Taking a break from classes, meetings and activities is underrated on the Farm.
My Google calendar is overwhelming sometimes. Too many red, yellow, and green blocks – “lunch with so-and-so”, “math office hours”, “club meeting” – and not enough white. Tuning out during a lecture and inadvertently noticing my friends’ laptop screens, I see the same thing. We’re busy all the time. From lectures to meetings, we’re all trying to take full advantage of the Stanford experience. But in our attempts to extract as much value from Stanford as possible, we forget that there is value in pursuits that don’t always have an immediate end. Unscheduled time is vital for empathy, creativity, and intellectual development.
“Without solitude, no serious work is possible.” Recent psychological studies suggest that Picasso was right: solitude is vital to creativity and productivity. While Stanford is certainly home to a high concentration of extremely creative people, recent research found that American children’s creativity has declined over the last few decades. Free time spent alone is important. The *New York Times *recently reported that “Research strongly suggests that people are more creative when they enjoy privacy and freedom from interruption.” Another study, the Coding War Games, compared computer programmers’ work at 92 companies. Employees at top companies were distinguished by more privacy, more personal space to work, and more freedom from interruption.
Overscheduling makes the privacy and freedom that facilitate creativity difficult. We know this intuitively: it’s hard to find time to record a duet of “Wayfaring Stranger” with the guy next door, or to work on a side programming project, when the day is broken into slots of classes and meetings. Without the freedom from interruption that unscheduled time facilitates, creative work becomes near-impossible. Paradoxically, in our effort to squeeze as much from the Stanford experience as possible, we stifle one of Stanford’s core values: creativity. Freedom to fail, outside of the constraints of activities where grades and performance matter, lets us innovate, and move beyond safe marginal improvements to take risks that can result in greater leaps.
Even if free time doesn’t turn you into an an artist or inventor, it gives you time and energy to explore new things. Entrepreneur and writer Ben Casnocha writes that people should expose themselves to “bulk positive randomness”: conferences, website that agglomerate interesting links, and colleges are all examples of this. A weekend talk at a hackathon might leave you with a new interest in civic tech, or a pass through the Green stacks with a new tome on behavioral economics. Without time, we can’t take the risk of exploring something that we might not like.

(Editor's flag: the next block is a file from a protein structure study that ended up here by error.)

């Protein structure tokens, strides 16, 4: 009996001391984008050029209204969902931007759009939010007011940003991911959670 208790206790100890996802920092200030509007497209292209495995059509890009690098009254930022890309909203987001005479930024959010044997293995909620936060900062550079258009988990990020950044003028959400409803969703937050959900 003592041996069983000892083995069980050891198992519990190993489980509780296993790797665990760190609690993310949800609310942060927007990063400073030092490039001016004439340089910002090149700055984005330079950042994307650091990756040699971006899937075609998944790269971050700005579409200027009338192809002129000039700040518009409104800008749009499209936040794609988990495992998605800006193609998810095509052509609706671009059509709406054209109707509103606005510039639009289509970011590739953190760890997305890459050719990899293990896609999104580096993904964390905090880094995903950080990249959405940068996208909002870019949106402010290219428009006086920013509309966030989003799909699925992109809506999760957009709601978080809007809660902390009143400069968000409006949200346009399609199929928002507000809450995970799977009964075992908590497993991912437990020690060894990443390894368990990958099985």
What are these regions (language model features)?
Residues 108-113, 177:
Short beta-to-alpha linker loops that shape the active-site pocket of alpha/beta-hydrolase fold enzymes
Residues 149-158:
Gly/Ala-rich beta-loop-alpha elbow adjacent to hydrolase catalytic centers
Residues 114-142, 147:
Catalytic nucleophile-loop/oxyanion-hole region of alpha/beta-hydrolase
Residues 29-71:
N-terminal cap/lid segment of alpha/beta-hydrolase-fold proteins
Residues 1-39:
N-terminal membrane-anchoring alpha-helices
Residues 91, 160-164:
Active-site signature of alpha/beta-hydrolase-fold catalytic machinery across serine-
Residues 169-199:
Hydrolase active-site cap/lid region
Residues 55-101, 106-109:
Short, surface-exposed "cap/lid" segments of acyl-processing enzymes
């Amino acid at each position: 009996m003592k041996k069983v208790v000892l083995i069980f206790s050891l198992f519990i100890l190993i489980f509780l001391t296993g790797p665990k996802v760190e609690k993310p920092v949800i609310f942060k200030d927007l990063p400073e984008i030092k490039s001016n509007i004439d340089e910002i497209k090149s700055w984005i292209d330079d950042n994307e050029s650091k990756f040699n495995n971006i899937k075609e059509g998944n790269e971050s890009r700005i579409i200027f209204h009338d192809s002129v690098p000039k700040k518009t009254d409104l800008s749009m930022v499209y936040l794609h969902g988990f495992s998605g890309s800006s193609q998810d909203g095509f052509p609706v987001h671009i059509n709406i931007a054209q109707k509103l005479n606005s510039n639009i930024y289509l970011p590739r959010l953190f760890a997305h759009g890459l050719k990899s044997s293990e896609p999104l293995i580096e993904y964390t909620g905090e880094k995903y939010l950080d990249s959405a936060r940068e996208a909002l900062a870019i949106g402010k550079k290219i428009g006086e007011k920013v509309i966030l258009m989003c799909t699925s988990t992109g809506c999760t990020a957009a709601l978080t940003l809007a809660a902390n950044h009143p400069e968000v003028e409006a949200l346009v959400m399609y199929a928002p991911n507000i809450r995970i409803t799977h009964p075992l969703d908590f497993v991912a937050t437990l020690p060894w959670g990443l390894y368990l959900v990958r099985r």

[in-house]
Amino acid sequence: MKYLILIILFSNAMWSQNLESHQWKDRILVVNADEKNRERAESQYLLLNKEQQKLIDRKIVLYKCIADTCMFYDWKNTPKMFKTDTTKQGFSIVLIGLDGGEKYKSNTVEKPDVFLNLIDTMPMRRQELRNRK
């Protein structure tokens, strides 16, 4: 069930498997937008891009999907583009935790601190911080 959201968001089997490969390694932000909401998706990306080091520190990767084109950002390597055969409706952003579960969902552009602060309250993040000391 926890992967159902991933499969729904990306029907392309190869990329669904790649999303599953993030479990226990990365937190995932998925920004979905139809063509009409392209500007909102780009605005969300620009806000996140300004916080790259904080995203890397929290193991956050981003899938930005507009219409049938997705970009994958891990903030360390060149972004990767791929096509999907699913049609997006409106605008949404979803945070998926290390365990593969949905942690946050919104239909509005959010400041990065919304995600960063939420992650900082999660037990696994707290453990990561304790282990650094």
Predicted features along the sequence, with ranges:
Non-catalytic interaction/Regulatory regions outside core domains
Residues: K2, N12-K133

Lack of free time also harms dialogue on campus. Stanford launched OpenXChange in late 2015 with the goal of “strengthen[ing] and unify[ing] Stanford through purposeful engagement,” claiming that it will “will push our community to consider meaningful interchange and thoughtful listening” by challenging “students, faculty and staff to think critically, investigate, and engage together.” As political polarization increases across America and debate grows more polemical, encouraging thoughtful exchange is an admirable and necessary goal. But without the time to consider issues on their own – via reading, personal inquiry, and forming opinions – students are often forced unquestioningly to resort to the opinions of friends or trusted experts, without critically researching and judging the issue for themselves. Simple talking points can easily replace complex dialogue.
While classes should promote thoughtful discussion, often the pace of the quarter system pushes us frantically to digest readings and write papers, without time to deeply appreciate and contemplate them. 35-minute dinners at Wilbur Dining aren’t enough for discussions: a recent hour-long stay past closing to discuss moral absolutism was wonderful, but all too rare. While classes may cover politics or morality, it takes time outside of readings and assignments to digest an issue and to reconcile it with your personal beliefs.
Renaissance intellectuals createdstudioli in their houses, special spaces for studying and contemplating. Machiavelli wrote that at the end of the day, “[I] strip off my muddy, sweaty workday clothes, and put on the robes of court and palace, and in this graver dress I enter the antique courts of the ancients and am welcomed by them”; then “for the space of four hours I forget the world, remember no vexations, fear poverty no more, tremble no more at death: I pass into their world.” Our analogy might be dismounting from our bikes at our dorms, slipping into our Stanford sweatpants, and coding a personal project, writing a journal entry, or reading a biography. Free time lets us contemplate things beyond the immediate and practical, like technical interviews, job applications, dorm drama, and exam curves.
So leave some white in your calendars, and use that time to relax and explore. Constantly juggling classes and extracurriculars is impressive, but it’s probably not the most fulfilling way to live. Read a novel outside, have coffee with that person you keep saying you’ll get to know better, or wander Main Quad at midnight. Creativity, empathy, and intellectual development, while adding to a resume, are also worthy for their own sake. Allow yourself some time for them.